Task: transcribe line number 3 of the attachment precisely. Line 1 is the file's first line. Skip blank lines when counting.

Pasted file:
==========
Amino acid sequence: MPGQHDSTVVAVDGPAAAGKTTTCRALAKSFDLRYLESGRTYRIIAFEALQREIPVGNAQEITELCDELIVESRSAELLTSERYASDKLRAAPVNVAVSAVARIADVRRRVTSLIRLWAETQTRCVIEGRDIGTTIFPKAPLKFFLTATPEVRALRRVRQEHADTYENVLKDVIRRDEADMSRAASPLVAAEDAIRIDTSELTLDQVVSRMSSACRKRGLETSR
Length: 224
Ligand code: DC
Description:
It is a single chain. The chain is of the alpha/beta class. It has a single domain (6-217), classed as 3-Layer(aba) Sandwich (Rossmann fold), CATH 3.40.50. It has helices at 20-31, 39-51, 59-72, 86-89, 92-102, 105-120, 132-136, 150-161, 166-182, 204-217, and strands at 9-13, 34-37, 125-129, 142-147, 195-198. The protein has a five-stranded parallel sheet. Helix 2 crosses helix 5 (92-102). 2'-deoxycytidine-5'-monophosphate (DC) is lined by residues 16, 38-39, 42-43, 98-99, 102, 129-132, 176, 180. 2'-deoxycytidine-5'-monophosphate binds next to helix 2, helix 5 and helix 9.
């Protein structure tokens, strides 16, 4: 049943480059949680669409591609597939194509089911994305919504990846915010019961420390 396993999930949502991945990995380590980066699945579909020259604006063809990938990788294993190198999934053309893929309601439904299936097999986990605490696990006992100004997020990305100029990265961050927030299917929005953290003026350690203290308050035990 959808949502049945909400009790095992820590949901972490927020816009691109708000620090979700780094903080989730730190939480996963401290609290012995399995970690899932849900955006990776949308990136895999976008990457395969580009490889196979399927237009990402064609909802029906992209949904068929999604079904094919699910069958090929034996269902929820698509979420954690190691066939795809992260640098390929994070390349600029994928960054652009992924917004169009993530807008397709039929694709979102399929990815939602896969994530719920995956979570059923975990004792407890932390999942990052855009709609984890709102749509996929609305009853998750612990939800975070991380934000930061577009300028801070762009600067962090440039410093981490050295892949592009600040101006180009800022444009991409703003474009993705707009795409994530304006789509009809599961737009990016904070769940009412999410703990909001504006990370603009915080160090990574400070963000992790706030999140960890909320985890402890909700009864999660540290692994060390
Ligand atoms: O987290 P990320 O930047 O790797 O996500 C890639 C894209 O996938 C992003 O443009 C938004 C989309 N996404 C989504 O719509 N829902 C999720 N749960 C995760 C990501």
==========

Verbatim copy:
Ligand code: DC